Results of a recent study showed that burnout among palliative care physicians – those who focus on pain and symptom relief among patients with various diseases and conditions – is extraordinarily high: over 62 percent. The study, which relied on a survey of over 1,200 hospice and palliative care clinicians, also found that 50 percent of palliative care physicians expect to leave the field in the next 10 years. Severity of the burnout seemed to be affected by younger age, having fewer colleagues and working weekends.
It's hard to sit on one's hands when caregiving issues are in play. Yet, that's exactly what I'd recommend with regard to at least one initiative aimed at lowering hospital readmissions. Read more
Getting rid of hospital observation stays might not be a good idea after all, according to Medicare Payment Advisory Commission members who previously pushed for the change. Read more
Janet Baxter connects with all residents at Kindred Nursing and Rehabilitation – Maple to pull together a varied offering of activities and make sure there’s something for everyone – from cooking and coffee clubs to books and online games – to keep Kindred residents engaged and involved.
Baxter has been in her role as Activities Director for six years. She started in Housekeeping and Dietary and was promoted first to the Assistant Activities Director and then to Activities Director. It's easy to see why, as soon as she starts to talk about her job, the staff and especially the residents, whom she calls "amazing."
Federal funding might not be a critical factor in bringing down hospital readmissions rates, suggests a recently released report on a program out of the Center for Medicare and Medicaid Innovation. Read more
Providers are being overly burdened by increasing numbers of quality measures, the Medicare Payment Advisory Commission stated in a recent letter to a top health official. The government should take a step back and reevaluate its approach, the letter added. Read more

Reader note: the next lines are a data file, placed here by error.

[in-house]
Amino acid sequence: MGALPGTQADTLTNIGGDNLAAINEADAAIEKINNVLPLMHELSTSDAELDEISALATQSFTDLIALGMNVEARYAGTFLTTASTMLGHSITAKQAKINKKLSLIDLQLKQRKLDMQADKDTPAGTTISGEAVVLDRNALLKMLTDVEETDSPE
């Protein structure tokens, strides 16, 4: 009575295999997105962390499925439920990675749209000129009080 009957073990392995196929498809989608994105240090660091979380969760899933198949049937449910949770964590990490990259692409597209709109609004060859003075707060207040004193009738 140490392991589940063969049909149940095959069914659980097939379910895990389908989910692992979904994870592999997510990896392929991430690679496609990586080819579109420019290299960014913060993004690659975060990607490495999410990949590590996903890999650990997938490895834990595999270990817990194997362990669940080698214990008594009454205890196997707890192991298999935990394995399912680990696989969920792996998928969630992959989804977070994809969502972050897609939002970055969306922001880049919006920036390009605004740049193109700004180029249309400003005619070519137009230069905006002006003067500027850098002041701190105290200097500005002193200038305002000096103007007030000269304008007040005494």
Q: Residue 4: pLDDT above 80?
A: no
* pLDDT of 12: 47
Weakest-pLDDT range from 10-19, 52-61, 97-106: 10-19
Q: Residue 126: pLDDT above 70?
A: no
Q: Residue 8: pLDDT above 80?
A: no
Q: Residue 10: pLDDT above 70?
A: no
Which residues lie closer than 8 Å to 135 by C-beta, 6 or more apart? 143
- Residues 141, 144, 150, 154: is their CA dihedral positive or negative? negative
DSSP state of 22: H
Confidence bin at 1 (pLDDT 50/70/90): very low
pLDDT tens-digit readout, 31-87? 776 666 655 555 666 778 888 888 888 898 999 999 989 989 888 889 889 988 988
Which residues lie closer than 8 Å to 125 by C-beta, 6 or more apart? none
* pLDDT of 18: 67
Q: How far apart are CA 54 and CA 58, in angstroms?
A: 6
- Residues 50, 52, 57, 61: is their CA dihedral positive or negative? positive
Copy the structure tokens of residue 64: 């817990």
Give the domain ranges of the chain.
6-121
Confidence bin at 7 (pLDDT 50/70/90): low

Sign-ups under President Barack Obama's health care law grew slowly but steadily over the New Year's holiday, as the share of Americans still lacking coverage hit its lowest level in years. Read more
When Charlotte Alger, 25, was working at a Home Depot just outside Boston last year, she said she earned $10.75 an hour working on the sales floor in the woodworking department. She chose one of the more comprehensive health insurance plans offered, but it came with a whopping $3,000 deductible. Read more
ACO telehealth use would enable these risk-based organizations to improve healthcare costs, quality, and access, but regulation restricts its use to rural areas. Read more
It may seem counter intuitive that self-reporting could be an effective tool for dementia patients, but according to a Regenstreif Institute and Indiana University Center for Aging Research study, it works well for a Brain Care Monitor, a primary care tool to measure cognitive, functional and psychological symptoms. Read more
The following blog posts were five of the most popular on the Kindred Continuum this year. Be sure to follow the Kindred Continuum by providing your email address to receive alerts when new posts publish and share with your friends and colleagues who may be interested in our content. Thank you for a great year!
Even before the passage of the Affordable Care Act – otherwise known as healthcare reform – the concept of medical homes was the subject of prolonged debate as a theoretical model of care. But what, exactly, is a medical home? Read full post.
KC: What made you choose to become an Activity Director?LC: It goes back to my childhood. My dad was the dietary manager for this facility for 29 years. My mom was a nurse at another nursing home. I was a volunteer here when I was in high school. I was on the swim team, so after school I would come here and volunteer until swim practice started. Read full post.
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